Disclosure recommendations broadly approved by market groups
A diverse range of major market groups signed onto a broad-based disclosure principles document, a major achievement on a topic that has frequently divided issuers and analysts.
The Disclosure Industry Working group, which includes bond lawyers, issuer officials, analysts and municipal advisors, released a recommendation paper this week to provide guidance to issuers on timely disclosure, especially during the pandemic.
“Never have we all, the analysts, the bond counsel, the issuers, all come together on a broad-based principles document,” said Emily Brock, director of the Government Finance Officers Association’s federal liaison center. “So this is the beginning of coordination in the industry and principles that can lead us forward.”
Brock is hopeful the paper will be a way to improve disclosure without input from regulators. In 2013, municipal bond groups issued a paper to urge issuers to consider voluntarily disclosing information about bank loans. However, the Securities and Exchange Commission intervened by tacking on more events to its muni disclosure rule, Rule 15c2-12.
The Disclosure Industry Working Group began in July 2019 with the intention to address timely disclosure after increased scrutiny from the SEC. The announcement came after GFOA met with Securities and Exchange Commission Chair Jay Clayton and other commissioners a month earlier to follow up on Clayton’s call for the SEC’s Office of Municipal Securities to work with the Municipal Securities Rulemaking Board to improve transparency and increase timeliness of issuers’ financial information.
In the beginning, the working group discussed whether or not there could be a group paper produced pre-COVID, but participants said there were disagreements on what to put in the document. However, the focus shifted when the pandemic took hold.
In the past, analysts and issuers disagreed on issuer financial disclosures in the secondary market and the need for more voluntary disclosures, but participants are hoping for cooperation rather than regulatory mandates.
“We recognize that this is our problem and rather than a regulatory mandate, we thought it would be best for people that work in the trenches to work together and show the SEC and other parties that we as players in the public finance world can work together and hopefully bring together some proposals or solutions to address the concerns about timely disclosure,” said David Erdman, capital finance director for the state of Wisconsin.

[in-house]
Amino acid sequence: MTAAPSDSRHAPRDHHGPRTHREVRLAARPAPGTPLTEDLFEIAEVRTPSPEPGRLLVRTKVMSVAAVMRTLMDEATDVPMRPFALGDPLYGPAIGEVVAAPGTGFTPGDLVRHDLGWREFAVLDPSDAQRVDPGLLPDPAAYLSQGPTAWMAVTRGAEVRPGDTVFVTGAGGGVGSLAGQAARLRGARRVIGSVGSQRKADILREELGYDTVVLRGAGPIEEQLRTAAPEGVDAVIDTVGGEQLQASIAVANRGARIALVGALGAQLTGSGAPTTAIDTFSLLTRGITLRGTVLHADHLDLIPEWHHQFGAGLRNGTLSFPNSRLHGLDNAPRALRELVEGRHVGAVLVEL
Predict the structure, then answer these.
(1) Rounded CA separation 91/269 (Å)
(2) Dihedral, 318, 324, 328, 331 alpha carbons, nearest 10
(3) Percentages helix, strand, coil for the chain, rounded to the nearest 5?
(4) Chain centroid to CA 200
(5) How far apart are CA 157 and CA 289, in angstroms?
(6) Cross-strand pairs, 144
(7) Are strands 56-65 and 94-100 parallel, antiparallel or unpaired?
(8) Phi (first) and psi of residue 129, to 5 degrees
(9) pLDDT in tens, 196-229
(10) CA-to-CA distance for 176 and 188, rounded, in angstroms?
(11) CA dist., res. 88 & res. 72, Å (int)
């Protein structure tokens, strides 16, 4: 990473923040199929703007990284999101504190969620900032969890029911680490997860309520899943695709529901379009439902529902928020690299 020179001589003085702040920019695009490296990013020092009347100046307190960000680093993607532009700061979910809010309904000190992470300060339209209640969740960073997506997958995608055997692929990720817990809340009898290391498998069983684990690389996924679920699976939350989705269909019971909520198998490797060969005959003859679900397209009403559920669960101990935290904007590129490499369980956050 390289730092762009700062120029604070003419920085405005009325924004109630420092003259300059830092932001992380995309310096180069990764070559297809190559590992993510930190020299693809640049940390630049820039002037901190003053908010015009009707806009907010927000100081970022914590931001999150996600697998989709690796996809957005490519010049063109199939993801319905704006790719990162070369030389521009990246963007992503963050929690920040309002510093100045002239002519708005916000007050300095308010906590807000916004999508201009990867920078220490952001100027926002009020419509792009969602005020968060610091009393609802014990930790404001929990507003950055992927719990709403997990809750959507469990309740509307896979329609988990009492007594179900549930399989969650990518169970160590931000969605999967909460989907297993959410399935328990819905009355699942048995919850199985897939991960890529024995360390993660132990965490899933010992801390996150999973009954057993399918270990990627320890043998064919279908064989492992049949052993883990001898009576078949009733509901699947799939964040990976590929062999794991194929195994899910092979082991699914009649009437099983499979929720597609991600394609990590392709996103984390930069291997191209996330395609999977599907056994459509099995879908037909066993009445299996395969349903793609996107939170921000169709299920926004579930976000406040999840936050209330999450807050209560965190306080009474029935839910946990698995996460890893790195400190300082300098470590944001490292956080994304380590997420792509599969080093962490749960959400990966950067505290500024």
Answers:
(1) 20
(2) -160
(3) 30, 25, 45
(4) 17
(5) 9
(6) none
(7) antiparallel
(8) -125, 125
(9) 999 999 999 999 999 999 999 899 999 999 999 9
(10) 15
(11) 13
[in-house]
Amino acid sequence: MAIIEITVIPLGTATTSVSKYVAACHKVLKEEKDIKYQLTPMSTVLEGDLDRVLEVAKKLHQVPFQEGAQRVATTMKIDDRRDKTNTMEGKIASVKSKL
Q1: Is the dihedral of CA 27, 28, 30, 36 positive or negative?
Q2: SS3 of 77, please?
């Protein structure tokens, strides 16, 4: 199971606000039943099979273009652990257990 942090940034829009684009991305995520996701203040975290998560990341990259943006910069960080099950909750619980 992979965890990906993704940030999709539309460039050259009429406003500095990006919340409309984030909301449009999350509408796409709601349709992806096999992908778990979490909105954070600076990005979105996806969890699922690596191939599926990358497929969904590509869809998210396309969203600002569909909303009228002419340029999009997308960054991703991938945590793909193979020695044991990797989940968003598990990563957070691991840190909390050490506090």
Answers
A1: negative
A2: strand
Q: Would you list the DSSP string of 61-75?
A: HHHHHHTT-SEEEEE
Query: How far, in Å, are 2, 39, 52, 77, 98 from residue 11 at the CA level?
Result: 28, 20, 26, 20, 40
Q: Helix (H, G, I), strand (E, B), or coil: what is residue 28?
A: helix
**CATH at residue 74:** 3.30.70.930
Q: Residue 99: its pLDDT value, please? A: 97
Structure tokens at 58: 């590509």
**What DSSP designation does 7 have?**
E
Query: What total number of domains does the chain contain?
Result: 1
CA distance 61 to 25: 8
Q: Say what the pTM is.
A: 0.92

The recommendations reminded governments of their current disclosure requirements, noting that the SEC did not suspend disclosure filing requirements. The group encouraged good investor relations to facilitate widespread, fair access to information provided to individual investors.
The section on investor relations was important to get the National Federation of Municipal Analysts to sign on, said Lisa Washburn, NFMA industry and media liaison.
Voluntary disclosures in the document were also important to analysts, Washburn said.
The working group emphasized that COVID-19 may give urgency to providing information to the markets, but governments should give disclosures context and discuss those with their internal and external financing teams such as bond counsel, they wrote.
“Actual and factual information should be clearly separated from any estimates or projections of revenues and budgets that are disclosed,” the working group wrote.
The group also referenced Clayton’s statement from May that encouraged issuers to provide forward-looking information about COVID-19.
“With the pandemic, with the encouragement given by the SEC, you are seeing an increase (in voluntary disclosure),” Washburn said. “We still have a far way to go, there is a lot more, but it’s still only a fraction of the issuers in the marketplace. Yes, it’s encouraging to see a lot of issuers come forward with really meaningful, good information, but there also are many more that haven’t disclosed anything yet about COVID. I hope this opens the door and that we continue to see, what we’ve seen over the last couple of months, escalate into the future.”
Erdman said the working group will have more documents coming, may make adjustments to this one in the near future. He hopes the group's recommendation letter will encourage more disclosure.
“Hopefully this document, signed onto by many players in the public finance world can address any questions that a lawyer, or an issuer or a municipal advisor may have to get them comfortable to say I should be disclosing more,” Erdman said. “I do expect an increase (in disclosures).